Booze and the Private Eye: Alcohol in the Hard-Boiled Novel

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McFarland, Aug 19, 2004 - Literary Criticism - 215 pages
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The hard-bitten PI with a bottle of bourbon in his desk drawer--it's an image as old as the genre of hard-boiled detective fiction itself. Alcohol has long been an important element of detective fiction, but it is no mere prop. Rather, the treatment of alcohol within the works informs and illustrates the detective's moral code, and casts light upon the society's attitudes towards drink. This examination of the role of alcohol in hard-boiled detective fiction begins with the genre's birth, in an era strongly influenced and affected by prohibition, and follows both the genre's development and its relation to our changing understanding of and attitudes towards alcohol and alcoholism. It discusses the works of Dashiell Hammett, Raymond Chandler, Mickey Spillane, Robert B. Parker, Lawrence Block, Marcia Muller, Karen Kijewski and Sue Grafton. There are bibliographies of both the primary and critical texts, and an index of authors and works.
 

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Contents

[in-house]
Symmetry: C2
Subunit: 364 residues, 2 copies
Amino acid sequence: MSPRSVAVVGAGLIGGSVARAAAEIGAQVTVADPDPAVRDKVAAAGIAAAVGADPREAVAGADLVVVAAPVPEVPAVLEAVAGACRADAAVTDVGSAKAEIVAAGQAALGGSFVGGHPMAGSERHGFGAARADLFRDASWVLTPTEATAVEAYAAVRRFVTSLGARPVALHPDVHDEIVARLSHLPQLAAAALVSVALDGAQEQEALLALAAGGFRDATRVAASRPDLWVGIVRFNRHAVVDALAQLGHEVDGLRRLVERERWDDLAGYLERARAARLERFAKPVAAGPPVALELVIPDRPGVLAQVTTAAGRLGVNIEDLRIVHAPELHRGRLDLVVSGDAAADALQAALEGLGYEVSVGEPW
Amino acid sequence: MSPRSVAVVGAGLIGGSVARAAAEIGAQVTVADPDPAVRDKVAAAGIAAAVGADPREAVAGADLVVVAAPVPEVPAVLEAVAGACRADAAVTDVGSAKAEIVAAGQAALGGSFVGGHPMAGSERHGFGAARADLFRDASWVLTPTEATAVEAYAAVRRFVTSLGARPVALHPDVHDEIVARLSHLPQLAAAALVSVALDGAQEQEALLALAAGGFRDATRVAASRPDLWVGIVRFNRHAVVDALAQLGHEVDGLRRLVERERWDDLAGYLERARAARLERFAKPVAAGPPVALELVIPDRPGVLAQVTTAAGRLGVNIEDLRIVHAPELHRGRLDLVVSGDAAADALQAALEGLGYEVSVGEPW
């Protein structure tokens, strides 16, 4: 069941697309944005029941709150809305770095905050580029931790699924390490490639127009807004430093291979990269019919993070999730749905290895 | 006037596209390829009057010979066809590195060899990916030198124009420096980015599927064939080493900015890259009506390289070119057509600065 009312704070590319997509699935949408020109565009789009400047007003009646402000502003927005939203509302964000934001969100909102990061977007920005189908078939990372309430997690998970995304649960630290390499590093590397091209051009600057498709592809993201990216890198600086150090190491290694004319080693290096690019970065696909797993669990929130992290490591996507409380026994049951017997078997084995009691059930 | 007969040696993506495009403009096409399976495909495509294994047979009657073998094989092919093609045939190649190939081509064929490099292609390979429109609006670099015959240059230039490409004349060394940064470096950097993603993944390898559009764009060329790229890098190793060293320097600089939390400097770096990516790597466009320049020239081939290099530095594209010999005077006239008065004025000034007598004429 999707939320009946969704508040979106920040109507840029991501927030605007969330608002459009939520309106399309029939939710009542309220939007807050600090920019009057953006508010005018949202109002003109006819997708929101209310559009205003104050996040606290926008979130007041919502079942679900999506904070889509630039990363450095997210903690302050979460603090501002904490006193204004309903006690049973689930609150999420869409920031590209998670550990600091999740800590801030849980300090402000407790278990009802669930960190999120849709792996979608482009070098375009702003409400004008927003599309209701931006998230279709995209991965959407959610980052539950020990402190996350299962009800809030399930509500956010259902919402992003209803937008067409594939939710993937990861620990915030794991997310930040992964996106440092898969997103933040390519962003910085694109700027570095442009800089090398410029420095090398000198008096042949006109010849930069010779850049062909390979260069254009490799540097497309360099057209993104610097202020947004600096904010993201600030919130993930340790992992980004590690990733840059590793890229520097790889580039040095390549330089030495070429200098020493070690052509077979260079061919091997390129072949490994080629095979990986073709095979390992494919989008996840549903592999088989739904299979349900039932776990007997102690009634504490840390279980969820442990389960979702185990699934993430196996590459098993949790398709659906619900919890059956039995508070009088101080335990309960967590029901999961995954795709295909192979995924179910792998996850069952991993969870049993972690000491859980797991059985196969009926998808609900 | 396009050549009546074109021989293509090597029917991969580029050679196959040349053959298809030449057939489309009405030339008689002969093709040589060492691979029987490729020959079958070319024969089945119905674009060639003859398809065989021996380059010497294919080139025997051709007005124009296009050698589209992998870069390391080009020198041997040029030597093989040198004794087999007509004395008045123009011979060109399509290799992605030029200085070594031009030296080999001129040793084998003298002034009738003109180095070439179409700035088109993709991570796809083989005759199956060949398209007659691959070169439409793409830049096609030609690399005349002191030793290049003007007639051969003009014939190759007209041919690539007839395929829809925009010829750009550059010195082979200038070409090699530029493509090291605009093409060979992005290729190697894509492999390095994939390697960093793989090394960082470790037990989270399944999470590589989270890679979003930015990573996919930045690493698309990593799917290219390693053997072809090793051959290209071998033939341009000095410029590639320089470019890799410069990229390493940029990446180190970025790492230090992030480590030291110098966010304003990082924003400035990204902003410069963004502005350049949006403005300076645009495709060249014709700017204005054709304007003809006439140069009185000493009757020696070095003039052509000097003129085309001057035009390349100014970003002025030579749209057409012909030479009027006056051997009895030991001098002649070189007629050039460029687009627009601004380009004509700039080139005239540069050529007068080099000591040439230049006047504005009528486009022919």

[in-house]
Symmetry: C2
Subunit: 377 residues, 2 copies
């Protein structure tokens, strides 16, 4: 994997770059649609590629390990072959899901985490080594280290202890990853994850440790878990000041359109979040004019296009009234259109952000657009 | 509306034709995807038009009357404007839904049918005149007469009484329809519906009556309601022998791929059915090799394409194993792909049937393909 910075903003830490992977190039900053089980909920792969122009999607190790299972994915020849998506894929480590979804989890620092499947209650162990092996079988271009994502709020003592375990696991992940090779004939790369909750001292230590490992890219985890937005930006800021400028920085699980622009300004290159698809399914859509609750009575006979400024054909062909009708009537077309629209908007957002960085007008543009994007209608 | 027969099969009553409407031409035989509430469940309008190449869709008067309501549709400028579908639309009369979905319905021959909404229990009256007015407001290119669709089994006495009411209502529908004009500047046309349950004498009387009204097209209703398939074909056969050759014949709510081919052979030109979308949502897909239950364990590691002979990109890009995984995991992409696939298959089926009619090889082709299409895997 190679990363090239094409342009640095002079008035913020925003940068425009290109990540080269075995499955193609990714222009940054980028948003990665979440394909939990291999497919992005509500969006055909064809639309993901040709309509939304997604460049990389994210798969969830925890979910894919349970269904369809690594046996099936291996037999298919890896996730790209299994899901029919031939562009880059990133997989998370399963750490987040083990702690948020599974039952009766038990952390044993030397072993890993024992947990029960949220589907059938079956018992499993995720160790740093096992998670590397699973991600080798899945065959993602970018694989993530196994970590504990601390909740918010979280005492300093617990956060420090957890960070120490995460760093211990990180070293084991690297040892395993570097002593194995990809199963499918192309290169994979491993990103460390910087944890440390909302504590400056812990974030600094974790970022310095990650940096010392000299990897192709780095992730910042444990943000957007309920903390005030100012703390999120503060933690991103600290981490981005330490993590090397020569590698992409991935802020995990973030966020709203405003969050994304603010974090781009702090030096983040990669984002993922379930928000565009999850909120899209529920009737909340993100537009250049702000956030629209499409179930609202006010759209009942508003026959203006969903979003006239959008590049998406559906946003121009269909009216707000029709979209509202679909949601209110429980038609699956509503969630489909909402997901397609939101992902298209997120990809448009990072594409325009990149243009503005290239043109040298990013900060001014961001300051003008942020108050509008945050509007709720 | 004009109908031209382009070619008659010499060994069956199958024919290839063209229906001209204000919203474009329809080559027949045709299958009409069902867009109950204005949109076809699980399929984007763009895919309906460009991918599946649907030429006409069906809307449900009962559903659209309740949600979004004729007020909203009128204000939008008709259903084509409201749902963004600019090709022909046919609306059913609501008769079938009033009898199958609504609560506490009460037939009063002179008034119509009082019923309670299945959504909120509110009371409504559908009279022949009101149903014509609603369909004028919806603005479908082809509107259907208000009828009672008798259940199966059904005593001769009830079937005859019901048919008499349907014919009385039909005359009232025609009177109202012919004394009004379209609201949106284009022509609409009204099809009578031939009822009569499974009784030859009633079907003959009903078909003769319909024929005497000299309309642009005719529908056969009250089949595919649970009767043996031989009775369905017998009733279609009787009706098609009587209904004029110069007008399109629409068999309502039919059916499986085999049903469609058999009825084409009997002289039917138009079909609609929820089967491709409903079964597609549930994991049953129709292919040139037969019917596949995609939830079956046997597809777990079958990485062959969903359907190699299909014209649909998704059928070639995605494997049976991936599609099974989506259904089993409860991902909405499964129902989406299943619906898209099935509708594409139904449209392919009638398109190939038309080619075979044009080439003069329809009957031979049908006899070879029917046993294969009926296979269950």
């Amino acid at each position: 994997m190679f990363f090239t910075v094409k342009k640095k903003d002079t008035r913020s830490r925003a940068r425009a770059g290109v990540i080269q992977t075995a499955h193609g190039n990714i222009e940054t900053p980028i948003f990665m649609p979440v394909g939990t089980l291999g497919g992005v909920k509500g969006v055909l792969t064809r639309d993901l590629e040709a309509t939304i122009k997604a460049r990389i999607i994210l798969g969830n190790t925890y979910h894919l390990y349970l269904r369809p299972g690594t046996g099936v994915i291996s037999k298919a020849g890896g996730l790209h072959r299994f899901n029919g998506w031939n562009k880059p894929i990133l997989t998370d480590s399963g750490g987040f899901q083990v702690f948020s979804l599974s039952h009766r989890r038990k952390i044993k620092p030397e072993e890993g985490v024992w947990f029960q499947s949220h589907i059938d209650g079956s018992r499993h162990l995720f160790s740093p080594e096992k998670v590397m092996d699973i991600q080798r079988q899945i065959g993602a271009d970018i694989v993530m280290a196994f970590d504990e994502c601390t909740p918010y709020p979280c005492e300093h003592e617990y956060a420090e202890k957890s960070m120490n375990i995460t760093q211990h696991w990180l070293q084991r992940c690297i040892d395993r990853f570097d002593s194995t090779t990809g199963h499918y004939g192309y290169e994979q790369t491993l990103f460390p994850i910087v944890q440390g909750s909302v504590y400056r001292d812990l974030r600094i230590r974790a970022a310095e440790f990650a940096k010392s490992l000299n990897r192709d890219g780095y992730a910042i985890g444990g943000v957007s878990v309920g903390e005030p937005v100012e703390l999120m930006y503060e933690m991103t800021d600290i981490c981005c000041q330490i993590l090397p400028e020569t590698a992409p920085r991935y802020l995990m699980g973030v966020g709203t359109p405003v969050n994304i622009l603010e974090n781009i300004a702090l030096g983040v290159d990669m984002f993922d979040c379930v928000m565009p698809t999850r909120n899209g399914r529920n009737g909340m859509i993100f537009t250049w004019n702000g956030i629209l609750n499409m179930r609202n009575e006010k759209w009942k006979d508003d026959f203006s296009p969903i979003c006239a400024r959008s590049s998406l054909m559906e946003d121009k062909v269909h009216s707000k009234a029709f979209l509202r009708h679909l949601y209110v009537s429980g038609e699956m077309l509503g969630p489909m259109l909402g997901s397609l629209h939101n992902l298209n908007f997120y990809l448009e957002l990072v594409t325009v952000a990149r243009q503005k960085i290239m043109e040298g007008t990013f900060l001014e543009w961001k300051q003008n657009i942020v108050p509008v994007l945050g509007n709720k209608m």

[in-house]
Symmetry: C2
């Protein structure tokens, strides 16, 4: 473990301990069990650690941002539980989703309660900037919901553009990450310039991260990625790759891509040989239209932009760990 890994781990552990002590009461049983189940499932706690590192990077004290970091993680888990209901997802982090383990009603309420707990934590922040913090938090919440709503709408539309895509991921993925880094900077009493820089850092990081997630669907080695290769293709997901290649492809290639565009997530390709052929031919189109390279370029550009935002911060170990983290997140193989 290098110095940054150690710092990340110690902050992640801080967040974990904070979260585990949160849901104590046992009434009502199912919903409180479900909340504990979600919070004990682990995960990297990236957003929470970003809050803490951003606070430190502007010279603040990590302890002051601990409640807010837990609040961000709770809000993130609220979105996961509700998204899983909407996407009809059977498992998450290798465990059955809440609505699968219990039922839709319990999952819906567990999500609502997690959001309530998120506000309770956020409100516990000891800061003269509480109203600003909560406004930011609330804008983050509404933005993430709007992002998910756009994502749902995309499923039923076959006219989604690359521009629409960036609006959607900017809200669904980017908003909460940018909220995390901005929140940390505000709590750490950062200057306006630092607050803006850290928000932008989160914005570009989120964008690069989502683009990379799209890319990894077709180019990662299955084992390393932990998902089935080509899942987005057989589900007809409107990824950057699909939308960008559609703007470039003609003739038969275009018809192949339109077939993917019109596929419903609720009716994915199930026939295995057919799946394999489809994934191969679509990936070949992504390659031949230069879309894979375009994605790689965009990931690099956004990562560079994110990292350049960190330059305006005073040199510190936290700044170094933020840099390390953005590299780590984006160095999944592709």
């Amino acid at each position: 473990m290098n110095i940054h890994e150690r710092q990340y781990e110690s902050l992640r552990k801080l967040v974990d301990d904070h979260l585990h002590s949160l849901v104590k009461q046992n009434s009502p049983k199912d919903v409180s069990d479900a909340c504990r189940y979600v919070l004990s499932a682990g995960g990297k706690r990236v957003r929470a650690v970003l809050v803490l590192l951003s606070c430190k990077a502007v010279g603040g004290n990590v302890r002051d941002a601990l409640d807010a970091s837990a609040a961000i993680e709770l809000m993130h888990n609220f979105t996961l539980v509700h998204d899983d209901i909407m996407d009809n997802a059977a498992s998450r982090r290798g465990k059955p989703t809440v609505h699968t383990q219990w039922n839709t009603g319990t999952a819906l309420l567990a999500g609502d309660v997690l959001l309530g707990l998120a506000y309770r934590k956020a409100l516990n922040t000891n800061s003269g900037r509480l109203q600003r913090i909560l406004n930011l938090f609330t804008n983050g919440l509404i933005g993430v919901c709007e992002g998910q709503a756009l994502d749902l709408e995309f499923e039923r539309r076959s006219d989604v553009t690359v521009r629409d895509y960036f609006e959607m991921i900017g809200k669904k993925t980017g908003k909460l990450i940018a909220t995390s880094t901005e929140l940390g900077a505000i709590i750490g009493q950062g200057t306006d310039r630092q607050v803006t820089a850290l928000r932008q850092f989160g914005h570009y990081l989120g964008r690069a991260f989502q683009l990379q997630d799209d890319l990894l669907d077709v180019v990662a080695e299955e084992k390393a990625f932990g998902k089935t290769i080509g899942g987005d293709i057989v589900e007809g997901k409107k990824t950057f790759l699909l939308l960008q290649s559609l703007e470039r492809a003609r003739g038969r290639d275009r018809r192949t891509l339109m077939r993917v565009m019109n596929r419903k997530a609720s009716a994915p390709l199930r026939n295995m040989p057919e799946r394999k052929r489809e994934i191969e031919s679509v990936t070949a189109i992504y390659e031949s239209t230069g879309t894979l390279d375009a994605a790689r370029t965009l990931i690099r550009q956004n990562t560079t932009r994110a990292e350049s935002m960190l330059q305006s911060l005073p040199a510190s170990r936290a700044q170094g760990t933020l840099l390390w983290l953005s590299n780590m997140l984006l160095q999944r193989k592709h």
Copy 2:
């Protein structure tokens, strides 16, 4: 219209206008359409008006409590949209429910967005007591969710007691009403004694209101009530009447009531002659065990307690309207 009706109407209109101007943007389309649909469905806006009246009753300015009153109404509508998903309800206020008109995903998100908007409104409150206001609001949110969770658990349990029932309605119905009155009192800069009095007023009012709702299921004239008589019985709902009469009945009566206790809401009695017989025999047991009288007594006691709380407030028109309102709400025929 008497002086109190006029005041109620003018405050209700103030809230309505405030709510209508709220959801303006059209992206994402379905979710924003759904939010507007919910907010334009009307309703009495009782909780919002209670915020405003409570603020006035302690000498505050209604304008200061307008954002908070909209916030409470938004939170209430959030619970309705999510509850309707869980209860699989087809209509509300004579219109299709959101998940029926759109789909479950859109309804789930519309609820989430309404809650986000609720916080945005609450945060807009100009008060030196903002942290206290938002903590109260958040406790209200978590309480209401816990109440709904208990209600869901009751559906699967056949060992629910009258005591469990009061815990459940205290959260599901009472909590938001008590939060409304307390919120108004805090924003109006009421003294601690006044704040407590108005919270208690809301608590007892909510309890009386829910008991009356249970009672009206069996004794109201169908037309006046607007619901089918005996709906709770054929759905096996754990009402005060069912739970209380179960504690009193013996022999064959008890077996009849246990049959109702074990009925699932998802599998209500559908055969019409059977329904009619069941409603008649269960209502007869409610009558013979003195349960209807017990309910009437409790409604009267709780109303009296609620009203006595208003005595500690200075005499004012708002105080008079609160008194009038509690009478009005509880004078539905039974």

Alcohol Was No Cure for This
60
Cant Spell Cognac
86
This Was No Job for a Poet
106
A WideAwake Drunk
130
The Rise of the Woman PI
158
Conclusion
176
Bibliography
189
Index
197
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Page 14 - But down these mean streets a man must go who is not himself mean, who is neither tarnished nor afraid. The detective in this kind of story must be such a man. He is the hero, he is everything. He must be a complete man and a common man and yet an unusual man. He must be, to use a rather weathered phrase, a man of honor, by instinct, by inevitability, without thought of it, and certainly without saying it. He must be the best man in his world and a good enough man for any world.
Page 13 - The realist in murder writes of a world in which gangsters can rule nations and almost rule cities, in which hotels and apartment houses and celebrated restaurants are owned by men who made their money out of brothels, in which a screen star can be the...
Page 13 - ... is a boss of the numbers racket; a world where a judge with a cellar full of bootleg liquor can send a man to jail for having a pint in his pocket, where the mayor of your town may have condoned murder as an instrument of money-making, where no man can walk down a dark street in safety because law and order are things we talk about but refrain from practising...
Page 48 - If it works out the way I want it to, I won't have to report all the distressing details," I said. "It's right enough for the Agency to have rules and regulations, but when you're out on a job you've got to do it the best way you can.
Page 13 - It is not a very fragrant world, but it is the world you live in, and certain writers with tough minds and a cool spirit of detachment can make very interesting and even amusing patterns out of it.

About the author (2004)

Rita Elizabeth Rippetoe is an independent scholar of genre fiction, with an emphasis on detective fiction. She has written on a variety of subjects, including the works of John le Carre, Dorothy Sayers, and William Faulkner. She lives in Orangevale, California.

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